Rep. Steve Scalise, three others shot by gunman in Virginia, officials say
House Majority Whip Steve Scalise (R-La.) was among those shot at a congressional baseball game practice session in Alexandria, Va., on Wednesday, June 14, 2017, officials said. Photo Credit: AP; EPA
A gunman opened fire on a Republican congressional baseball team as it practiced on a suburban Washington, D.C., field Wednesday — wounding House Majority Whip Steve Scalise of Louisiana and three others — before police killed him in a shootout, authorities said.
Lawmakers at the practice later described Scalise dragging himself across the field seeking safety after being shot near second base.
“It was just surreal to hear the first bang, and you think, ‘That sure sounds like a shot.’ And then boom, boom, boom right after it, there’s three more,” said Rep. Joe Barton (R-Texas), the captain of the team. “There was shooting for at least 10 minutes.”
Scalise was listed in critical condition after surgery for a gunshot wound to his hip, and a lobbyist, legislative aide and U.S. Capitol Police officer hit by bullets as the gunman peppered the field with his rifle also were taken to local hospitals.
The FBI identified the shooter as James T. Hodgkinson, 66, of Belleville, Illinois. The Associated Press said he had posted anti-Trump sentiments on social media and belonged to a Facebook group called “Terminate the Republican Party.”
On Wednesday night, President Donald Trump and first lady Melania Trump paid a surprise visit to Scalise at MedStar Washington Hospital Center, bringing him flowers.
They also met with Scalise’s doctors and spoke with his wife Jennifer, said White House Press Secretary Sean Spicer.
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Afterward in a tweet, Trump asked for prayers for Scalise, adding that the congressman is in “very tough shape — but he is a real fighter.”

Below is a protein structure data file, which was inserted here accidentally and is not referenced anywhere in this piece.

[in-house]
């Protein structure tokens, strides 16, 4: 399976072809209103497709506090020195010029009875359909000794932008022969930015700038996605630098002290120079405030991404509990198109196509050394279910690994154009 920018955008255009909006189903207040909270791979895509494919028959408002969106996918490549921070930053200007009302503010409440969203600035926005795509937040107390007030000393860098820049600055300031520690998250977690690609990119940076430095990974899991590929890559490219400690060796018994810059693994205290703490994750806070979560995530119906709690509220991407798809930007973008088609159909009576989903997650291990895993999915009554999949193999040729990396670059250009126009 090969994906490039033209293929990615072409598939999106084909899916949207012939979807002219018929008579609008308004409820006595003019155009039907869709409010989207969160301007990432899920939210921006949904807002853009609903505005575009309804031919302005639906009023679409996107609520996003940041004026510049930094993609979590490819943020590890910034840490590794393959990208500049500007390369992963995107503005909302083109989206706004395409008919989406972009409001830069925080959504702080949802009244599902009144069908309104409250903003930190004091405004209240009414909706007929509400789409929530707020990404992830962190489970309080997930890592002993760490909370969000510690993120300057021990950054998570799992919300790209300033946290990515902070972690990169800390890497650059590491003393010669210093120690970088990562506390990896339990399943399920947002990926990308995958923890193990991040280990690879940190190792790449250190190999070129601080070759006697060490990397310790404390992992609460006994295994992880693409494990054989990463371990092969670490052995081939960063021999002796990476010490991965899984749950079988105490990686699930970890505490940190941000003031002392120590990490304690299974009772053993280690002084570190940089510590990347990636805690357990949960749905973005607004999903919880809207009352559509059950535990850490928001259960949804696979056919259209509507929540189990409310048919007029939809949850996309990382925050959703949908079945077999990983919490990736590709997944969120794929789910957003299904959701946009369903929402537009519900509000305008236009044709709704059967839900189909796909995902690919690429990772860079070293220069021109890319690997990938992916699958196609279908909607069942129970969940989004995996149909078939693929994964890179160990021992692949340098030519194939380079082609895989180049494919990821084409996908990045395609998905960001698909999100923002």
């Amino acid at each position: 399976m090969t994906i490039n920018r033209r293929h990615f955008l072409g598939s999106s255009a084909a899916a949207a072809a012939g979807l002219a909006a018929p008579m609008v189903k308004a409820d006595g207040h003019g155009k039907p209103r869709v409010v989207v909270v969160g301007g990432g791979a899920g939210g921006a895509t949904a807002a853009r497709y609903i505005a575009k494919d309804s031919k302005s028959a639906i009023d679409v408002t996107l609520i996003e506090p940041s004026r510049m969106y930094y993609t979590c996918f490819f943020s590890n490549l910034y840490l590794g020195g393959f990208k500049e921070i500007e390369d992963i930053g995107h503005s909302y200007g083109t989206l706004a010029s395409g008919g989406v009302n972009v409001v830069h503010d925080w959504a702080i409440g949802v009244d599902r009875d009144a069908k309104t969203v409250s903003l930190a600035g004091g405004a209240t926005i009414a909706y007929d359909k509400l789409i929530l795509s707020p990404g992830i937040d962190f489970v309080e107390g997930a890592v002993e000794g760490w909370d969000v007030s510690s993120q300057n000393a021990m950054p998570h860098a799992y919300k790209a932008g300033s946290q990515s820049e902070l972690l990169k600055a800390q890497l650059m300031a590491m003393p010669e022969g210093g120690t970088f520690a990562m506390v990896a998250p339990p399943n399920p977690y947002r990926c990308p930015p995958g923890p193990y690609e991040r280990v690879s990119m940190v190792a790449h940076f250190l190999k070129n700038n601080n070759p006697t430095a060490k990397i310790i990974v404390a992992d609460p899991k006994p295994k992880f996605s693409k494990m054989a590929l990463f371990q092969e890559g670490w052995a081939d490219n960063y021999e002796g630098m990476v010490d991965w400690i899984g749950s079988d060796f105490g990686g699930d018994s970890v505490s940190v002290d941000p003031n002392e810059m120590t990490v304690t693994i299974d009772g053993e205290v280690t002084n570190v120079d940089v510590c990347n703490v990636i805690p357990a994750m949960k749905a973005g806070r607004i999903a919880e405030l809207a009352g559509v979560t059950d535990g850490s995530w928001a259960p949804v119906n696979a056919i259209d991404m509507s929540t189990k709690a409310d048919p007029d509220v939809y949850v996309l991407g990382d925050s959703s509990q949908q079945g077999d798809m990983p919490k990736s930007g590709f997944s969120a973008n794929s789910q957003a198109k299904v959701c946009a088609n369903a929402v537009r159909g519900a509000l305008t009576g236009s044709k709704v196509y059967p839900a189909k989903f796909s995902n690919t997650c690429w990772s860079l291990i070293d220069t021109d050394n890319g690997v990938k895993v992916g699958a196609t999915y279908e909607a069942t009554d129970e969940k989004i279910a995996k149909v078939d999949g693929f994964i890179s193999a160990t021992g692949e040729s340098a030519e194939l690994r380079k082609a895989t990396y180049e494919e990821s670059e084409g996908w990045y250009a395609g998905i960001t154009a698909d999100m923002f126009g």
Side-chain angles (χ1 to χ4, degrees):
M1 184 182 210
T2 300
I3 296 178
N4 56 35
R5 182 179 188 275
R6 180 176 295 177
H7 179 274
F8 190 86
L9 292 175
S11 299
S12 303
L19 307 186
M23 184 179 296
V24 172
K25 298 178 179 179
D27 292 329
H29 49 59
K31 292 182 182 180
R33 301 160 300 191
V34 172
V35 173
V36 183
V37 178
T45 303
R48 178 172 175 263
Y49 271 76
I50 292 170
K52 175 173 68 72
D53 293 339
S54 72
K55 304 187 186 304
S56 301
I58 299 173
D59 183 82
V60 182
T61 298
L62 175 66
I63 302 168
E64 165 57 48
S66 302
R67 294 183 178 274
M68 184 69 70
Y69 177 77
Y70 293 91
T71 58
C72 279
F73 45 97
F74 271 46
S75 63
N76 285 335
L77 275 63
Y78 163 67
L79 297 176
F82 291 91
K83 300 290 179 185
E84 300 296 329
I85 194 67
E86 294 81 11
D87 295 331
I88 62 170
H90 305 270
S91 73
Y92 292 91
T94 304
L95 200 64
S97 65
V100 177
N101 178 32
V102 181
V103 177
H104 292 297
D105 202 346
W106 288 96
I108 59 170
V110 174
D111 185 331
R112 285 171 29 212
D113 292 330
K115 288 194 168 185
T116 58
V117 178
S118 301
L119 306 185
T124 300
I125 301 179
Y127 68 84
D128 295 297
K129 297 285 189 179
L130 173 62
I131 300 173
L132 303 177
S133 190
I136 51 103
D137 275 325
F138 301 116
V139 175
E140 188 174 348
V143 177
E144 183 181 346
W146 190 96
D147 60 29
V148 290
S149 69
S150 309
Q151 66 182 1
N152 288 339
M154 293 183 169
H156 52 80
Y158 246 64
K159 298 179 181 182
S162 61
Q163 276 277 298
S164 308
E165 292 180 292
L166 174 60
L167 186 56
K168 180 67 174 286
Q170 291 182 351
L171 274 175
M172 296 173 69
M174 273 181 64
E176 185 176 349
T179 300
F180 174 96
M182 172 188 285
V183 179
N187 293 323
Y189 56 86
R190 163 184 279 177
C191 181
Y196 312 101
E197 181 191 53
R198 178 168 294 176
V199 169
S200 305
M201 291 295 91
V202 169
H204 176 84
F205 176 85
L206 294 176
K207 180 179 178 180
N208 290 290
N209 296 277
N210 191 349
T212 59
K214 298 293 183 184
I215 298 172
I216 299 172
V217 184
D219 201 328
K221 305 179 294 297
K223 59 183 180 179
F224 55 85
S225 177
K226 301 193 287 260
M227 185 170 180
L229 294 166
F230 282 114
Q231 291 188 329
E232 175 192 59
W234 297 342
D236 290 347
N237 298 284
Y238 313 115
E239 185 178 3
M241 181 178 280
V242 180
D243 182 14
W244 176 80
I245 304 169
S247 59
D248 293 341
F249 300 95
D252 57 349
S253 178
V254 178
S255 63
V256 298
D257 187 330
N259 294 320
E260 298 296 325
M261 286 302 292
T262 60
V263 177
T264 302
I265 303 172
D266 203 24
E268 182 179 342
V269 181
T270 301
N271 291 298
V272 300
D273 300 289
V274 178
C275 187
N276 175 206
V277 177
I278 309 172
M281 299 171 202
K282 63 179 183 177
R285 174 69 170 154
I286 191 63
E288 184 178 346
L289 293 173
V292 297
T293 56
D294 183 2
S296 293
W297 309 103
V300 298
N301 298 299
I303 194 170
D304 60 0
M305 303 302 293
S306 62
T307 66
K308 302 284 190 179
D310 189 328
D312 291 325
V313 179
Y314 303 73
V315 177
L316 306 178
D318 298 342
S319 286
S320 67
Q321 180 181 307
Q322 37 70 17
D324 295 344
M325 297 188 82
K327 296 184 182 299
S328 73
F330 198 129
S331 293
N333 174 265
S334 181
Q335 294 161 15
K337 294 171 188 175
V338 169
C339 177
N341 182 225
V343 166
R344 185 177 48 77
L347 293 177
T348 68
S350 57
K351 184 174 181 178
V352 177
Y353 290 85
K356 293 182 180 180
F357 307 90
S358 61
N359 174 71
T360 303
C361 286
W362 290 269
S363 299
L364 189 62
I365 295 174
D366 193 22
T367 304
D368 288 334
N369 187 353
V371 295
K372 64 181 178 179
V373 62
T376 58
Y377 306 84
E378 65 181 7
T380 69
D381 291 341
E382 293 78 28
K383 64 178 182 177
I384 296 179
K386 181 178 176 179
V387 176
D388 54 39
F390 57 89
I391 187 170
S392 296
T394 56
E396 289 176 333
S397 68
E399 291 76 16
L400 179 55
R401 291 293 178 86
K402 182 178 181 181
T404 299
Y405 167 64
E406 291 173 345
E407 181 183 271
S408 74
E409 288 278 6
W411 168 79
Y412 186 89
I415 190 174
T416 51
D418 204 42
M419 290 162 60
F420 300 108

Barton and others said the casualties could have been much worse if Scalise had not been accompanied by his security detail, provided by the U.S. Capitol Police to him as a member of the House Republican leadership. Those agents went directly after the shooter after the first shots.
Officials with the hospital said Scalise would require additional surgeries.
Rep. Tom Suozzi (D-Glen Cove), a member of the Democratic congressional baseball team, recounts learning about the shooting at the Republicans’ practice and gathering in prayer for his colleagues. He spoke from the U.S. Capitol on Wednesday, June 14, 2017. The shooting injured Majority Whip Steve Scalise (R-La.). Credit: Newsday/Emily Ngo)
“The bullet travelled across his pelvis, fracturing bones, injuring internal organs, and causing severe bleeding,” the hospital said in a statement Wednesday night.
U.S. Capitol Police said Special Agent Crystal Griner was hospitalized in good condition after being shot in the ankle and Special Agent David Bailey was treated for a minor injury and released. Special Agent Henry Cabrera also took part.
The first couple met with Griner and her wife and brought a bouquet of flowers.
One other lawmaker was injured. Rep. Roger Williams (R-Texas) twisted his ankle.
Editorial: Rare political moment after shooting
Slater said that since March, Hodgkinson had been in Alexandria, Virginia, where the shooting took place, living out of a white cargo van. He said the FBI is investigating his “associates, whereabouts, social media impressions and potential motivations.”
The Bureau of Alcohol, Tobacco, Firearms and Explosives also is running a trace on a rifle and a handgun, the FBI said.
The unexpected assault shook Washington, prompting House leaders to cancel all votes for the day and Trump to postpone his public events.
Sen. Bernie Sanders (I-Vt.), who ran unsuccessfully for the Democratic nomination last year, said on the Senate floor that the suspect “apparently volunteered on my presidential campaign” but added, “I am sickened by this despicable act.”
Sanders said, “Let me be as clear as I can be. Violence of any kind is unacceptable in our society and I condemn this action in the strongest possible terms.”
The shooting, and its possible political motivation, left many on Capitol Hill shaken and reflective, as they spoke of the need for toning down rhetoric and expressed concern for their own safety, especially back home in their states.
Trump, who announced the shooter’s death, said, “We are strongest when we are unified and when we work together for the common good,” he said.